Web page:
Bush & AIPAC
..CENTER FOR WAR, PEACE, AND THE NEWS MEDIA, March 15-22, 2006
President Bush addresses AIPAC:
President Bush addresses AIPAC
If social security has long been the "third rail" of U.S. domestic politics, then its equivalent in the sphere of foreign policy has been the U.S. alliance with Israe. John Mearsheimer of the University of Chicago and Stephen Walt of Harvard's Kennedy school tackle the taboo head on, in a provocative research study that assesses the impact of the Israel lobby on decades of U.S. policy in the Middle East. And it asserts that the Israel lobby's influence on U.S. policy has been bad both for the U.S. and even for Israel:
" The Lobbys influence causes trouble on several fronts. It increases the terrorist danger that all states face including Americas European allies. It has made it impossible to end the Israeli-Palestinian conflict, a situation that gives extremists a powerful recruiting tool, increases the pool of potential terrorists and sympathisers, and contributes to Islamic radicalism in Europe and Asia.
"Equally worrying, the Lobbys campaign for regime change in Iran and Syria could lead the US to attack those countries, with potentially disastrous effects. We dont need another Iraq. At a minimum, the Lobbys hostility towards Syria and Iran makes it almost impossible for Washington to enlist them in the struggle against al-Qaida and the Iraqi insurgency, where their help is badly needed.
"There is a moral dimension here as well. Thanks to the Lobby, the United States has become the de facto enabler of Israeli expansion in the Occupied Territories, making it complicit in the crimes perpetrated against the Palestinians. This situation undercuts Washingtons efforts to promote democracy abroad and makes it look hypocritical when it presses other states to respect human rights. US efforts to limit nuclear proliferation appear equally hypocritical given its willingness to accept Israels nuclear arsenal, which only encourages Iran and others to seek a similar capability.
"Besides, the Lobbys campaign to quash debate about Israel is unhealthy for democracy. Silencing sceptics by organising blacklists and boycotts or by suggesting that critics are anti-semites violates the principle of open debate on which democracy depends. The inability of Congress to conduct a genuine debate on these important issues paralyses the entire process of democratic deliberation. Israels backers should be free to make their case and to challenge those who disagree with them, but efforts to stifle debate by intimidation must be roundly condemned.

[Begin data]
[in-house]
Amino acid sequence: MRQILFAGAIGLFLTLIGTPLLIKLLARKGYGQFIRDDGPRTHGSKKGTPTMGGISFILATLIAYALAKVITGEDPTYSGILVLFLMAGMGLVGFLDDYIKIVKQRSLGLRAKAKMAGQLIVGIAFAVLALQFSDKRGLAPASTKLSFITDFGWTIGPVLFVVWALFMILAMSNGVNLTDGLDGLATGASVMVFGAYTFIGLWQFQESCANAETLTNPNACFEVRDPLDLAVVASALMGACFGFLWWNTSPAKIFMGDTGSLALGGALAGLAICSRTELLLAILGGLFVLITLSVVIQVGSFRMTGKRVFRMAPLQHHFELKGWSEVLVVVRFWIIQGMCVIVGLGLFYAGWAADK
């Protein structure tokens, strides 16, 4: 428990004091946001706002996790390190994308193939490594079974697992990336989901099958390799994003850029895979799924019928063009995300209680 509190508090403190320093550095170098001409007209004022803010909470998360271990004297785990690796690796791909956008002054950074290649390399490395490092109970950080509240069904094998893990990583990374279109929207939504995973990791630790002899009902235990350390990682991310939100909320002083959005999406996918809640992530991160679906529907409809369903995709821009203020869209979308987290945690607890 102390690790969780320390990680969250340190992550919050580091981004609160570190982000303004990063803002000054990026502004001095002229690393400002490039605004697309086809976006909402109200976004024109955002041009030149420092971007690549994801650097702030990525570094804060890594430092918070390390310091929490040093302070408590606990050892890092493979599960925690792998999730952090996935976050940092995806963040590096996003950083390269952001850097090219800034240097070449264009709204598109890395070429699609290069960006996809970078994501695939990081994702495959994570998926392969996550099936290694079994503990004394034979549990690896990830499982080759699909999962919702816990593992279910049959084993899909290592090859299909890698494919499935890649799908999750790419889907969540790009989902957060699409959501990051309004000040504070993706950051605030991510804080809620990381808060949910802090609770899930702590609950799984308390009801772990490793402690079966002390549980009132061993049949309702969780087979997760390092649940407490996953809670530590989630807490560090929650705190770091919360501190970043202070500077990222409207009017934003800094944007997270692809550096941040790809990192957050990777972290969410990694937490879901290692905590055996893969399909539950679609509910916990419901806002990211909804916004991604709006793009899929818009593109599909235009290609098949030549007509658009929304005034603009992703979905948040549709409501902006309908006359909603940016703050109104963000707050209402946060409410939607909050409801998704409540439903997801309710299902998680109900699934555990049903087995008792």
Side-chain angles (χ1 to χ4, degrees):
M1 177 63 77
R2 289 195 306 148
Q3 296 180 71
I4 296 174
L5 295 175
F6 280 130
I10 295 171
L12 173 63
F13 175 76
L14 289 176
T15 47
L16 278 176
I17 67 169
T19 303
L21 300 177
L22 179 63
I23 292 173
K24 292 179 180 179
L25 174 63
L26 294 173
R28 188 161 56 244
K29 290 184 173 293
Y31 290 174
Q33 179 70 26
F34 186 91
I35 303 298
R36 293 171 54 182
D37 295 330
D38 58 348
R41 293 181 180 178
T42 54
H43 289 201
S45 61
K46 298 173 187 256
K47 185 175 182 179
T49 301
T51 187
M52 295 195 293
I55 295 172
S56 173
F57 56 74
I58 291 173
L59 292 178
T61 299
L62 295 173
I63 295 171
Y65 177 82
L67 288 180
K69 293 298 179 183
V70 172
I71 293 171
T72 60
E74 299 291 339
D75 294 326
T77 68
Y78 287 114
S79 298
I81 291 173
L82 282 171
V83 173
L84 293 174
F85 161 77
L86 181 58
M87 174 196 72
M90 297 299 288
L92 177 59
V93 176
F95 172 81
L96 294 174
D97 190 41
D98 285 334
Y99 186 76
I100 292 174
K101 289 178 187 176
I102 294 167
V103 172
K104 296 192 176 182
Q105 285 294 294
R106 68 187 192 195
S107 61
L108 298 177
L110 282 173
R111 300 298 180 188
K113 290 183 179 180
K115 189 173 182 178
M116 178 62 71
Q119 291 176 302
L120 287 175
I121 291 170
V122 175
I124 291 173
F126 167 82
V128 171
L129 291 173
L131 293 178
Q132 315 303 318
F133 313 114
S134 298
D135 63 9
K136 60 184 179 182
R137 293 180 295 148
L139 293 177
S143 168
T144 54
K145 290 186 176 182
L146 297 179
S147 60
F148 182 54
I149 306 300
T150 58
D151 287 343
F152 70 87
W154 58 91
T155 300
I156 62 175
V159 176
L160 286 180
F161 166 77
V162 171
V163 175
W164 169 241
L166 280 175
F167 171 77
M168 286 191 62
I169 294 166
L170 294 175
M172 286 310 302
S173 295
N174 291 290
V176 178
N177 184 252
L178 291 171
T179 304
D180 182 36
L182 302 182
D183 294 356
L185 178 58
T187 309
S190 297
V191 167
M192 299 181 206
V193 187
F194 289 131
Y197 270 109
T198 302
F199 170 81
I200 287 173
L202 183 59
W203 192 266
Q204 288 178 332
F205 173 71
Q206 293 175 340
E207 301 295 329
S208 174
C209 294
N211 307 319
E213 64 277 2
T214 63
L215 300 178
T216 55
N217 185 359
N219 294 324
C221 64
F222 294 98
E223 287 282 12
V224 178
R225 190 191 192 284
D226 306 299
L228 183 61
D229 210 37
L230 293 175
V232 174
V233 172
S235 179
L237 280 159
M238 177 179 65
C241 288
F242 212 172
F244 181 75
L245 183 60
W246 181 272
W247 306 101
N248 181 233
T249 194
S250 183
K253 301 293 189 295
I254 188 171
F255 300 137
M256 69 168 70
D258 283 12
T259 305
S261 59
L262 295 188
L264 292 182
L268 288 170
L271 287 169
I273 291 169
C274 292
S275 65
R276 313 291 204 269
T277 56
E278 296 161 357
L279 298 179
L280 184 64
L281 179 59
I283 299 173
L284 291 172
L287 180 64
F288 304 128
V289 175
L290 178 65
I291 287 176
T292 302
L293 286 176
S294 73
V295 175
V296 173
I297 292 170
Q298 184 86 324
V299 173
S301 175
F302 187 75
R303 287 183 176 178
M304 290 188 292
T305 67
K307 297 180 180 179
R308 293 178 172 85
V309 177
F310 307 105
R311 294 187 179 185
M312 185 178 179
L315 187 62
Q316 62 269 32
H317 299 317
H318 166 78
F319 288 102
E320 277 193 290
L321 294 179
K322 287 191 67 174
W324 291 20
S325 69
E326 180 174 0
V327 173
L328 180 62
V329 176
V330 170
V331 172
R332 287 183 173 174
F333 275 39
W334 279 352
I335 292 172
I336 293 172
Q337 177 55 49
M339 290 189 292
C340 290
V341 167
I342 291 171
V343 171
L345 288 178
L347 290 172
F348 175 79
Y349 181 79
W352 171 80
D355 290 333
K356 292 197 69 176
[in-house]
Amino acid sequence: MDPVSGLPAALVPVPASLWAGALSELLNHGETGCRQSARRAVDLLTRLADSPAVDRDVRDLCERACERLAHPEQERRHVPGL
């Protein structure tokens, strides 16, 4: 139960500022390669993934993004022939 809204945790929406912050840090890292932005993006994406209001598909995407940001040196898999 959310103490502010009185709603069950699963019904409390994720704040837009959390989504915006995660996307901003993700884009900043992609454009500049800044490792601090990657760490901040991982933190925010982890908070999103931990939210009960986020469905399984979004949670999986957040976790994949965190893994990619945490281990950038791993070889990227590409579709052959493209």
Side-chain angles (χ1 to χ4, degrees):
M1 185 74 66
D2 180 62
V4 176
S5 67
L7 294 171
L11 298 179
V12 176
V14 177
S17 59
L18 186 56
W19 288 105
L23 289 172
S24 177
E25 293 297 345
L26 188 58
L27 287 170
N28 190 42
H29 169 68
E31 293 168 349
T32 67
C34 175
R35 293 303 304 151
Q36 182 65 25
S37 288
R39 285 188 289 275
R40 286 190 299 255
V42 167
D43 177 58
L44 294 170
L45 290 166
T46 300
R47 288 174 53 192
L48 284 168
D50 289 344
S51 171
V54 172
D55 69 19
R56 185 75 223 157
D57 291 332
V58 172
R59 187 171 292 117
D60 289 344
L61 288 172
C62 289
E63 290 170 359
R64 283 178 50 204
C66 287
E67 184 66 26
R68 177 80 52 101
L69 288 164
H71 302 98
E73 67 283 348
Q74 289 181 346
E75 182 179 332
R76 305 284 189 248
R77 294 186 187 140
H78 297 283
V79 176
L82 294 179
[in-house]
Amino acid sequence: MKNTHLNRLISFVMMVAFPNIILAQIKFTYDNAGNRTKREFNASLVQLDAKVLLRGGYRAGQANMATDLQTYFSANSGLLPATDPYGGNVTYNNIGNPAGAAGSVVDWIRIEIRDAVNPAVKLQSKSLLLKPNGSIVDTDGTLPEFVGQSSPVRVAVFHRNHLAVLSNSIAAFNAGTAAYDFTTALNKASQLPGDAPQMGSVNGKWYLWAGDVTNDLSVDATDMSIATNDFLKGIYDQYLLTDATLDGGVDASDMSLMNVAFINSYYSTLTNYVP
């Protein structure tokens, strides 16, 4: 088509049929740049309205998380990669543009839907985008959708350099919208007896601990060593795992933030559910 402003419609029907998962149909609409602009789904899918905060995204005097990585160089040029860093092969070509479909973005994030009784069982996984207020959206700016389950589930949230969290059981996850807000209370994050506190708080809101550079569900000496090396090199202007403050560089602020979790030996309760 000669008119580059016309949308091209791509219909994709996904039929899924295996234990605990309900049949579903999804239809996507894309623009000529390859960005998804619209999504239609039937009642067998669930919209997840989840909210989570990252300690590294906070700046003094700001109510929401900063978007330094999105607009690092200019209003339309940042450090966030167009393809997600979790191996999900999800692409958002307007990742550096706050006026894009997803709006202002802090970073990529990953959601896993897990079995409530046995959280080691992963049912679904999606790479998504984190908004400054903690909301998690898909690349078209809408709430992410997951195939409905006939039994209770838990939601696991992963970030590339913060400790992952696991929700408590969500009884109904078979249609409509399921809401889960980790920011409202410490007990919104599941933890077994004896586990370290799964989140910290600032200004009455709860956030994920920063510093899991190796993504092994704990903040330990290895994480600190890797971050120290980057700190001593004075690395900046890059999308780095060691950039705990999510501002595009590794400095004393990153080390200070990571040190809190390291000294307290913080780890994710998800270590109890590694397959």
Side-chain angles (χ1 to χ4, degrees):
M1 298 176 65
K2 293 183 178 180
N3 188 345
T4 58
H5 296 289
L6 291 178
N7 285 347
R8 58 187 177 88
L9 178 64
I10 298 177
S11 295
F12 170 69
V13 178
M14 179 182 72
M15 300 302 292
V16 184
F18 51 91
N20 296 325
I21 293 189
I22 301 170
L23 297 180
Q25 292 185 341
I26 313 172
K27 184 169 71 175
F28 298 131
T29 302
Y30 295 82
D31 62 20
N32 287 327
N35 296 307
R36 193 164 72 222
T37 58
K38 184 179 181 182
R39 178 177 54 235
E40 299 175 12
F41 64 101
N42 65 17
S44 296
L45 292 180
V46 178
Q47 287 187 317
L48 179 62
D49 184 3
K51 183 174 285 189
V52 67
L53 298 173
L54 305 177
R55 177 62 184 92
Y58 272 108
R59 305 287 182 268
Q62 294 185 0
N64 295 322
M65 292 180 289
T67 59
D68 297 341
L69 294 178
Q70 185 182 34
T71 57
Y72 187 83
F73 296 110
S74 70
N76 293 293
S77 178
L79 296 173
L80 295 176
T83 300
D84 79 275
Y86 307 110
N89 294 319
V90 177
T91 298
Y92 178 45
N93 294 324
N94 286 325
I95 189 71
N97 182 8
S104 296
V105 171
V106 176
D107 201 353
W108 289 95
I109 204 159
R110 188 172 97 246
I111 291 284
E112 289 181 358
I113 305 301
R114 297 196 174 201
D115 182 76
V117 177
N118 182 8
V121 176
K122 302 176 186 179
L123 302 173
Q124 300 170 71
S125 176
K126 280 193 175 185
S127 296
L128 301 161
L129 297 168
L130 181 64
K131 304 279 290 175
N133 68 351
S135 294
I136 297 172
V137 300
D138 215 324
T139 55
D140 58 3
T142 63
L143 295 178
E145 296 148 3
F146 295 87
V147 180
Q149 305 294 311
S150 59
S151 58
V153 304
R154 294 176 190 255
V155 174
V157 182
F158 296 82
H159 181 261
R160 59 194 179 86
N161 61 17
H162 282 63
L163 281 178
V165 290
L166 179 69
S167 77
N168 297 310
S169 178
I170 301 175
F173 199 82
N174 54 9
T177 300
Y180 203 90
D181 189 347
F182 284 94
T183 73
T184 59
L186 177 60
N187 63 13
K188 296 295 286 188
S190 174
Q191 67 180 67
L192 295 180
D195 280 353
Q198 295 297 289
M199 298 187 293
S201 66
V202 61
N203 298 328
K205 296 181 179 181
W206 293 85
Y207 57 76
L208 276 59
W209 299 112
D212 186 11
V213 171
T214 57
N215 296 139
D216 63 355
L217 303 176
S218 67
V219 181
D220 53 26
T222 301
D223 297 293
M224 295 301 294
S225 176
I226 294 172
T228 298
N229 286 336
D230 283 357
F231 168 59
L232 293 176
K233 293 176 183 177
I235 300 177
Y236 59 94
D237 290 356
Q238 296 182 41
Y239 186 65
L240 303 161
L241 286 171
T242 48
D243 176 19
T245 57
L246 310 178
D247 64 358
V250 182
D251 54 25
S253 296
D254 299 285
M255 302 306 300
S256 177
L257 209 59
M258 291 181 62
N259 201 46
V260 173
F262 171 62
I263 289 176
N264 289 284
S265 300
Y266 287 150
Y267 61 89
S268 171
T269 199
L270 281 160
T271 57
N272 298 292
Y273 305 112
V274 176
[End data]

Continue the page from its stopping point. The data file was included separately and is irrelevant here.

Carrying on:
"Finally, the Lobbys influence has been bad for Israel. Its ability to persuade Washington to support an expansionist agenda has discouraged Israel from seizing opportunities including a peace treaty with Syria and a prompt and full implementation of the Oslo Accords that would have saved Israeli lives and shrunk the ranks of Palestinian extremists. Denying the Palestinians their legitimate political rights certainly has not made Israel more secure, and the long campaign to kill or marginalise a generation of Palestinian leaders has empowered extremist groups like Hamas, and reduced the number of Palestinian leaders who would be willing to accept a fair settlement and able to make it work. Israel itself would probably be better off if the Lobby were less powerful and US policy more even-handed... "What is needed is a candid discussion of the Lobbys influence and a more open debate about US interests in this vital region. Israels well-being is one of those interests, but its continued occupation of the West Bank and its broader regional agenda are not. Open debate will expose the limits of the strategic and moral case for one-sided US support and could move the US to a position more consistent with its own national interest, with the interests of the other states in the region, and with Israels long-term interests as well.(London Review of Books, March10, 2006)
Bush & AIPAC:
Israelization of Washington Policy
March 16, 2006